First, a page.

Hey, everyone. Steve Szudera here from Tabletop Farmer. We’re coming to you from where it all started 38 years ago and it’s looking a little greener. The last time we were out here, all there was was stubble. Today I want to talk a little bit about what are the best plants to grow as microgreen.

A couple of days ago we talked about what are microgreens. With that being said, talking about the best plants to grow, I went and I actually Googled it, just to find out what the recommendations were, what people were talking about.

They’re talking about lettuce, kale, spinach, radish, beet, watercress, herbs, and greens. From that, I know that sunflowers are very popular, for whatever reason. They grow quick, they probably germinate and sprout within seven to that 14 day window. The two leaves come out, and you can harvest them and you can use them in a variety of reasons.

The other one that’s really popular that I know of are pea shoots. There’s a lot of things being talked out there about sprouting, eating pea sprouts. What I’ve been finding on that is there’s a lot of mold issues with that. There’s a lot of danger zones, and we can eliminate a lot of that with the microgreens, by growing the microgreens.

The other thing is radishes, and those three things, sunflowers, peas, and radishes, are some of the ones I’ve been finding that go probably the quickest at the farmer’s markets. The radishes are used to garnish salads, the peas are used for smoothies along with the sunflowers, and then you can eat them whole, too, as far as that goes. That is just a few among the plants that are used to grow as microgreens.

Now, where I’m standing, there’s one more crop, too, and it’s one of those Pulse Crops. We talked a little bit about the peas, and this is a lentil field. There are lots of lentils out here. As you can see, we’re already past what it would be to harvest as a microgreen because these have actually been up for … They’re probably up a little over 14 days, I’m guessing. They’re probably 16, 17 days these have been up.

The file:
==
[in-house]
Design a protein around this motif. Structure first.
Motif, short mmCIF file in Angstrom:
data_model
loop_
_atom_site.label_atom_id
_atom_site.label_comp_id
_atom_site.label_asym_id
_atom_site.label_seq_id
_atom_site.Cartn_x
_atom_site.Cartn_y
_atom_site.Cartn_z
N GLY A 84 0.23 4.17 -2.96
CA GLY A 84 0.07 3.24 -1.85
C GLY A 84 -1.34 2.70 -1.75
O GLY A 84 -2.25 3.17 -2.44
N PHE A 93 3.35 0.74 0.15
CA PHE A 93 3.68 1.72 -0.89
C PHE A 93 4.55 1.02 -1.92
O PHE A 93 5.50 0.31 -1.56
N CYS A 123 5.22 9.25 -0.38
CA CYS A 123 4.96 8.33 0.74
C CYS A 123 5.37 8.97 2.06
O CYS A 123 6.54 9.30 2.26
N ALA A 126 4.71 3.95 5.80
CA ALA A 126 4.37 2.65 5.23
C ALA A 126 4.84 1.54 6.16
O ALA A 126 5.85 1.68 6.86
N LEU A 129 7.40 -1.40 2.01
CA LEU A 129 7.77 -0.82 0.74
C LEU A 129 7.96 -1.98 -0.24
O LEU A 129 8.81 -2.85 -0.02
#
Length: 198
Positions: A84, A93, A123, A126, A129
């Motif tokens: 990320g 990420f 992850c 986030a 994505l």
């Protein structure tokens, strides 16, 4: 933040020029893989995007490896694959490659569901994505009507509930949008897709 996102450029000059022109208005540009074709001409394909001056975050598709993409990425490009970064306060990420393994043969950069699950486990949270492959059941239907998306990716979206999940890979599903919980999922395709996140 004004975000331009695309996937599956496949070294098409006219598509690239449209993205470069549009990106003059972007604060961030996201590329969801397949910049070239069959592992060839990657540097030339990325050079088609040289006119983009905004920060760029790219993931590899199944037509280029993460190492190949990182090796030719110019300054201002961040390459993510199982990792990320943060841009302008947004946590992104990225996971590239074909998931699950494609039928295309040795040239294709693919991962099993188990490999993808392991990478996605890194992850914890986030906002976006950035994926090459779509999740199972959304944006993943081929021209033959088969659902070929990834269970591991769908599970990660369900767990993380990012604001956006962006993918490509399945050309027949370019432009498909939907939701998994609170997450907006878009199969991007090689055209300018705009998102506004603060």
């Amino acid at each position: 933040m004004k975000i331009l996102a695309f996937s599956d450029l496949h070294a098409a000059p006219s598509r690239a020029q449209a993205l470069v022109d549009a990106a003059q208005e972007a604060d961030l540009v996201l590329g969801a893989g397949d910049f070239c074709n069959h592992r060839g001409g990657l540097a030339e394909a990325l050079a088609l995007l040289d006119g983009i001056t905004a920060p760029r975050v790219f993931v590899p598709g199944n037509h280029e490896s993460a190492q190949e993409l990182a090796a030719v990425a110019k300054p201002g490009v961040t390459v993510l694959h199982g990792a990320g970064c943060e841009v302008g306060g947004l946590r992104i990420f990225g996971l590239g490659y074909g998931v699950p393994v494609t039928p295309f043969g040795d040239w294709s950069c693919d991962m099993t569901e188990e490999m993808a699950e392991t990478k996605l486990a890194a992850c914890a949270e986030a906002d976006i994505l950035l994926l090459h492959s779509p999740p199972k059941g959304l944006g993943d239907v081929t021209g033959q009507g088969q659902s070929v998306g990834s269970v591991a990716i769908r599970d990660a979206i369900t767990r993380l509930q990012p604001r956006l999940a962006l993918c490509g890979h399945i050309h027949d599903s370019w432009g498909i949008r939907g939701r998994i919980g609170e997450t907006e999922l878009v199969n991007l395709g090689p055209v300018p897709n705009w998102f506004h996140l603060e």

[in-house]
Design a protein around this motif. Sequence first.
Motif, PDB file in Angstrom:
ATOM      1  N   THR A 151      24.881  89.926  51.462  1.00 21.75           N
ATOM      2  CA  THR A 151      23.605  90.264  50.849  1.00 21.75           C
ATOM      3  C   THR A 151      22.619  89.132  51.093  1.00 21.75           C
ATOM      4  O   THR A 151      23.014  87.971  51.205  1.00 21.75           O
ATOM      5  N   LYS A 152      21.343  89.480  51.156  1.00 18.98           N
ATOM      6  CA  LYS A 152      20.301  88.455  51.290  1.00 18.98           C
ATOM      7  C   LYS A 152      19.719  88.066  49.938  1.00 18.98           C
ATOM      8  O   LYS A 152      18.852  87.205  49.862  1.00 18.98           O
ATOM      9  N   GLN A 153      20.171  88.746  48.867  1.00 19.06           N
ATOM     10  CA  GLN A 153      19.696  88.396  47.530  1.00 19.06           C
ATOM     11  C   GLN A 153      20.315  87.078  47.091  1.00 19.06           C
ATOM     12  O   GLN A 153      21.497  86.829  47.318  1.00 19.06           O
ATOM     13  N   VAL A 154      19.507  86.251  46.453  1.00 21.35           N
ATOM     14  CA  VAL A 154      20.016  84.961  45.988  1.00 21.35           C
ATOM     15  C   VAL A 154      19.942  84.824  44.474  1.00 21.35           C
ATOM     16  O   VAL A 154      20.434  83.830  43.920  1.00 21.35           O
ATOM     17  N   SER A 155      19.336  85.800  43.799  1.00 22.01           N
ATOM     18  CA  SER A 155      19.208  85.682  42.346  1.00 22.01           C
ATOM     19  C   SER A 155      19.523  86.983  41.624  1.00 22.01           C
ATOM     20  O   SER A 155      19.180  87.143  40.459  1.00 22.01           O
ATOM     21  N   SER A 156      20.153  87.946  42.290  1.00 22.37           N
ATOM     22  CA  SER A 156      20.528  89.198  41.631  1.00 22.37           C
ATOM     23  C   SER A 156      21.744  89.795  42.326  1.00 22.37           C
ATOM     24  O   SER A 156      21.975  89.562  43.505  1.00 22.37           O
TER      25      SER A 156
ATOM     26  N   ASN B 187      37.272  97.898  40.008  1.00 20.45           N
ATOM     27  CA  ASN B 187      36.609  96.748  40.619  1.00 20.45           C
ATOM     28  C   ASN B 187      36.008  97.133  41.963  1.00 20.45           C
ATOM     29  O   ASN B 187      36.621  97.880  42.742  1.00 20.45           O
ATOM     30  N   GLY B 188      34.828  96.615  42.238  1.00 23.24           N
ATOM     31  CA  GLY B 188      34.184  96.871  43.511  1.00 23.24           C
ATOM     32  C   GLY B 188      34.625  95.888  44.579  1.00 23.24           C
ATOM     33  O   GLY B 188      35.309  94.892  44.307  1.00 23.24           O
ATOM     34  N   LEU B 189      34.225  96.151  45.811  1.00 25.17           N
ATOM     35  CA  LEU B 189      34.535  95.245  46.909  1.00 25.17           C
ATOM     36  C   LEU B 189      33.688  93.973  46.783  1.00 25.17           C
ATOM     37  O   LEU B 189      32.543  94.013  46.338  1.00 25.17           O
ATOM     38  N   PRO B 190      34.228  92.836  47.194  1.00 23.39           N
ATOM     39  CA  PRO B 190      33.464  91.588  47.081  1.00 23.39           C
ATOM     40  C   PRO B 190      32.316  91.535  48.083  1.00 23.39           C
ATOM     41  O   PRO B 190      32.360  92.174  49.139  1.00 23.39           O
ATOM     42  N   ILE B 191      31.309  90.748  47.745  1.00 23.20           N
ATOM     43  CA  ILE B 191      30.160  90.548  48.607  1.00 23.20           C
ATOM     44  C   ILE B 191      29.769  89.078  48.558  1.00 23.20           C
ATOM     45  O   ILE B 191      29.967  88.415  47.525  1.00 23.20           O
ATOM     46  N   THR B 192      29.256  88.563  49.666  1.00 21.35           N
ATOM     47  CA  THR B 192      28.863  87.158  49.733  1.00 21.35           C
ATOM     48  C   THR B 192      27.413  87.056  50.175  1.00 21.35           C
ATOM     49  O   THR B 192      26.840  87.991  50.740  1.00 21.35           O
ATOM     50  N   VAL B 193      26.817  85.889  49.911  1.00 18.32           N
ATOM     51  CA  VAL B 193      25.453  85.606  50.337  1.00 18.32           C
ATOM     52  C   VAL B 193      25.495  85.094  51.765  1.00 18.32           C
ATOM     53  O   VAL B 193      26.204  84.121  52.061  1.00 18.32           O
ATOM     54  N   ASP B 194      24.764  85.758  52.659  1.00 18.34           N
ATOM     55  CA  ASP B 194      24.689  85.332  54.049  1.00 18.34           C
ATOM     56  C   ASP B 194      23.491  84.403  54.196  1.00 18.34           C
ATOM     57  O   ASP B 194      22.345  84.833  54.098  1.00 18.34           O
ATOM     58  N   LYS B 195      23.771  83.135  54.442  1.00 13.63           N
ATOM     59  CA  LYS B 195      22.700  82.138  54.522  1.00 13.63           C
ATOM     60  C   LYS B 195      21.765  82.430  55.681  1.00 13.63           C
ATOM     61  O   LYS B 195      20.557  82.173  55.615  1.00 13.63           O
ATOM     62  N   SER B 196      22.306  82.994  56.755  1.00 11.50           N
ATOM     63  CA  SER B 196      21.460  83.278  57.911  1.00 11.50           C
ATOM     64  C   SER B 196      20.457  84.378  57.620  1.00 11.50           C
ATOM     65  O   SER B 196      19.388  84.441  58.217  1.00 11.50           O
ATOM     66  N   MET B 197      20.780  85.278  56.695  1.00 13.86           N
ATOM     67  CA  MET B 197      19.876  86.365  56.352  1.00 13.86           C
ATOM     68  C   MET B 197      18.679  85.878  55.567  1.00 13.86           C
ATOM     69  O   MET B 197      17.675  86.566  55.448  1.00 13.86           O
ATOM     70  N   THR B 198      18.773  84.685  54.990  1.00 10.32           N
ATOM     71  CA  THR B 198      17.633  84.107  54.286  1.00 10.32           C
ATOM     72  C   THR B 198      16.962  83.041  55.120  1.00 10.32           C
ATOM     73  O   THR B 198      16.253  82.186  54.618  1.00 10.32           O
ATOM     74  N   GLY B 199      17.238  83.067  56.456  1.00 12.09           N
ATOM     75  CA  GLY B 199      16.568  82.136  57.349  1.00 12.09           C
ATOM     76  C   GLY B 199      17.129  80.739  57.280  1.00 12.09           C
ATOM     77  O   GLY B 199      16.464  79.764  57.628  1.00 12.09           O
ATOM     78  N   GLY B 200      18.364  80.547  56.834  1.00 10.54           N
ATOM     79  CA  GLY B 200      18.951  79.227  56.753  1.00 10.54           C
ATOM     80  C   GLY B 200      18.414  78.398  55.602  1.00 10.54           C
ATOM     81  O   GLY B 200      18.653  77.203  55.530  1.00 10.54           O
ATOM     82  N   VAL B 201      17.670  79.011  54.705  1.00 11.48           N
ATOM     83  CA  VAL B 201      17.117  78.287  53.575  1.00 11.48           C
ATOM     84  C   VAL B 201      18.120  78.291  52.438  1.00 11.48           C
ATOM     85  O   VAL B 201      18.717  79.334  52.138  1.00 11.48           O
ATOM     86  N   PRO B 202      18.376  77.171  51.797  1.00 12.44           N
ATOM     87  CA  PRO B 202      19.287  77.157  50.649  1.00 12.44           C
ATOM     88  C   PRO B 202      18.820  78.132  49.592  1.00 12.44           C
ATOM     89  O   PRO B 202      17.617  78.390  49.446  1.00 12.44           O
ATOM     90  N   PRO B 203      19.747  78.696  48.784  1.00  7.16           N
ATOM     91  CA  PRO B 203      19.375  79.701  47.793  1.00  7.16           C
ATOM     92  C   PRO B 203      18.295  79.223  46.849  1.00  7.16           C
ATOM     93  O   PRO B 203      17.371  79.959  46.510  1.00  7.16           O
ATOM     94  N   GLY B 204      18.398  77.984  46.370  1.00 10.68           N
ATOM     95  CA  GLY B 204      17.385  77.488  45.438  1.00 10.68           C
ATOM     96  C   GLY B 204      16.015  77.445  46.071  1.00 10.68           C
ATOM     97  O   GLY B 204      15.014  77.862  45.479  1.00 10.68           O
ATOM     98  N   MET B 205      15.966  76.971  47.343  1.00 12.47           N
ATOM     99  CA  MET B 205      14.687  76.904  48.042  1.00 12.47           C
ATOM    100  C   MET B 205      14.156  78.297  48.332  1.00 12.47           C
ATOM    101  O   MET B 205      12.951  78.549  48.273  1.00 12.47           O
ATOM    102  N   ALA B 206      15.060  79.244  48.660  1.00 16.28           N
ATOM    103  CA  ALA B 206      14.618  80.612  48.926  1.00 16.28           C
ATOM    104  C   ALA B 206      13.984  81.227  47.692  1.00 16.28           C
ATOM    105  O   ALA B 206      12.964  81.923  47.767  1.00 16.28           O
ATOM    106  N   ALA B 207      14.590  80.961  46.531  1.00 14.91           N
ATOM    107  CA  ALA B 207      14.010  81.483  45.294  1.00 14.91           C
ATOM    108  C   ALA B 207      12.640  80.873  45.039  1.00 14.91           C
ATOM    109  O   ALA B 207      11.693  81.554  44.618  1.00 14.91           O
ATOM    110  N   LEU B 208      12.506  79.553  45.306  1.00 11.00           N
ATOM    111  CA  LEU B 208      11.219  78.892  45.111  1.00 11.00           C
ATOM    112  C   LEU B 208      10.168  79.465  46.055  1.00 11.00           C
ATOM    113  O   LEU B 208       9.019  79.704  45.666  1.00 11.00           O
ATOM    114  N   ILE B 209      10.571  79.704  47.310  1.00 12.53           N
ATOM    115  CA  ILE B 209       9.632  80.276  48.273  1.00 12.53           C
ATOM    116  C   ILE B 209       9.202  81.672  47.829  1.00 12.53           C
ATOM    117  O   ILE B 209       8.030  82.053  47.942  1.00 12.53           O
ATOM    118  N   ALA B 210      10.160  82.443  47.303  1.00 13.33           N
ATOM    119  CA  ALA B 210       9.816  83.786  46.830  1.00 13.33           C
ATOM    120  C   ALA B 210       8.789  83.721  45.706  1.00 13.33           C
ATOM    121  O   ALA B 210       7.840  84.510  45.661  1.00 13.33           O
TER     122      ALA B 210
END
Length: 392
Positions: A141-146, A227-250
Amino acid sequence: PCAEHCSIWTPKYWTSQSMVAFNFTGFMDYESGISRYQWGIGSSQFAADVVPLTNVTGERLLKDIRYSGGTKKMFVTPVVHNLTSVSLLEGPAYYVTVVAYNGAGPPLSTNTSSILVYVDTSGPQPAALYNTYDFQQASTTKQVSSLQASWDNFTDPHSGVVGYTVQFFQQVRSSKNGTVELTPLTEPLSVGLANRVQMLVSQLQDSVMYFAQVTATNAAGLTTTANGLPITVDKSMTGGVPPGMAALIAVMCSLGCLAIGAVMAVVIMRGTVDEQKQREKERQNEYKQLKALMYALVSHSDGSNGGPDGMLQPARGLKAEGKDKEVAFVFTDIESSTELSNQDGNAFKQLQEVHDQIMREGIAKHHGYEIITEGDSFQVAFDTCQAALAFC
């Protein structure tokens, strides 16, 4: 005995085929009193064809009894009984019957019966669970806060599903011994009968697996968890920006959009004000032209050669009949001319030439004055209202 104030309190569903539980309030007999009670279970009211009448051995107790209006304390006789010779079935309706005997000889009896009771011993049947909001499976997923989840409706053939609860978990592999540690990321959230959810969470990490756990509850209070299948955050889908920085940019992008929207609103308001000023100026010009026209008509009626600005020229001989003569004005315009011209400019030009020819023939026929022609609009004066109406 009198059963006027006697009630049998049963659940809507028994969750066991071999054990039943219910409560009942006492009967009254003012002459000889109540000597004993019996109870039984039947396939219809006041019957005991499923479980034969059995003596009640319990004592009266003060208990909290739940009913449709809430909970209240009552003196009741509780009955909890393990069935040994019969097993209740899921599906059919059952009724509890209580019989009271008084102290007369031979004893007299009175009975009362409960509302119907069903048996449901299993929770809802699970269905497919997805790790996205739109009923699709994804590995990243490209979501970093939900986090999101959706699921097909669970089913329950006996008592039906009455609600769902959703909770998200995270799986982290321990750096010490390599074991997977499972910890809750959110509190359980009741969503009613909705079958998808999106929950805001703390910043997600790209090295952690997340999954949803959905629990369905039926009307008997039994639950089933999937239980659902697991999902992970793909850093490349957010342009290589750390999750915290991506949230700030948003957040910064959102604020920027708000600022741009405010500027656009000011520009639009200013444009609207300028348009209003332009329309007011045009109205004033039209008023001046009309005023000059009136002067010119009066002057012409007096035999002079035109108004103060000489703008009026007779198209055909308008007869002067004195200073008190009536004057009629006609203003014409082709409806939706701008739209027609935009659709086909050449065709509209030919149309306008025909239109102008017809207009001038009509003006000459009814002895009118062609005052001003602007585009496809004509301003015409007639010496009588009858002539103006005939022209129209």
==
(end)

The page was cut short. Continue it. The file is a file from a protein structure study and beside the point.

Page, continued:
They’re actually looking pretty good. We’ve been getting some rains in the area and so who knows where it’s going to go, but it’s interesting that one of the microgreen crops that you can raise in a microgreen farming situation, or a microgreen growing chamber, or however we’re going to do that and we’re going to address a lot more.

We have a lot more coming for you about the nutrient value and we’re going to be talking a lot about how we’re going to be building that, why it’s so important, where it comes from, but it’s interesting standing out here in a lentil field and thinking that the lentils are actually one of the crops that’s used to grow microgreens.

With that, comment on this video, maybe share some of the crops or some of the plants that you grow or that you like growing as microgreens. Share some of the successes you’ve had with it. Share some of the stress or some of the failures that you’ve had with it, and we’ll talk about those. With that, thanks for watching and keep growing microgreens. Steve Szudera from Tabletop Farmer.

About the author 

Steve Szudera

Hello, my name is Steve Szudera, a third-generation farmer from western North Dakota with over 35 years of no-till farming experience building and maintaining soil health. My no-till practices today came as a result of frustrations with wind and water erosion and the soil being depleted of moisture and nutrients of years prior when my father tilled the soil.

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